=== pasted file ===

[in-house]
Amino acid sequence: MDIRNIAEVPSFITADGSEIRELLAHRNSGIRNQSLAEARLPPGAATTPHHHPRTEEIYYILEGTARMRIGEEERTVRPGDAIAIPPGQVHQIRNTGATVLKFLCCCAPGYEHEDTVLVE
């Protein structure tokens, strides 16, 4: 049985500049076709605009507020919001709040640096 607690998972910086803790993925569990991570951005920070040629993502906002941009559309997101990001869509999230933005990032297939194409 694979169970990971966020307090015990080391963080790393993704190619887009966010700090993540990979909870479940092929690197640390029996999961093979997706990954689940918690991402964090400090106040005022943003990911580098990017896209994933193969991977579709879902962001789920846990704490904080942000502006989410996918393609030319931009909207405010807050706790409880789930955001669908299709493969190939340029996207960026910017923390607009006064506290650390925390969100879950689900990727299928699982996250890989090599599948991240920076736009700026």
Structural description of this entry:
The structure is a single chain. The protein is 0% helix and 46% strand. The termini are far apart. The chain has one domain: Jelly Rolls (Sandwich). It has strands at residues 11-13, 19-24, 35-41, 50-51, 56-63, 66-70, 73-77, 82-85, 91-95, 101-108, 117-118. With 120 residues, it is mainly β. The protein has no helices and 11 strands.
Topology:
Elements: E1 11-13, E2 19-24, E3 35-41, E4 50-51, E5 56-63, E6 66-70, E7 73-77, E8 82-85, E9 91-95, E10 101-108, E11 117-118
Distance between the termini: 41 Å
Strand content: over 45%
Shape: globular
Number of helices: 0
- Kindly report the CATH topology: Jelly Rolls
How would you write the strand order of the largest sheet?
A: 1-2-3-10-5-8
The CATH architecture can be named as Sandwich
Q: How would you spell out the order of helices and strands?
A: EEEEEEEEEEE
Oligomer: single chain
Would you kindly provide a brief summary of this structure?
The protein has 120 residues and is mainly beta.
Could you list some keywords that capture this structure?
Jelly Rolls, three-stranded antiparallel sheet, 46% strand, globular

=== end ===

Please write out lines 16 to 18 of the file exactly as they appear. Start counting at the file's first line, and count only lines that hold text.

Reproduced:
Q: How would you spell out the order of helices and strands?
A: EEEEEEEEEEE
Oligomer: single chain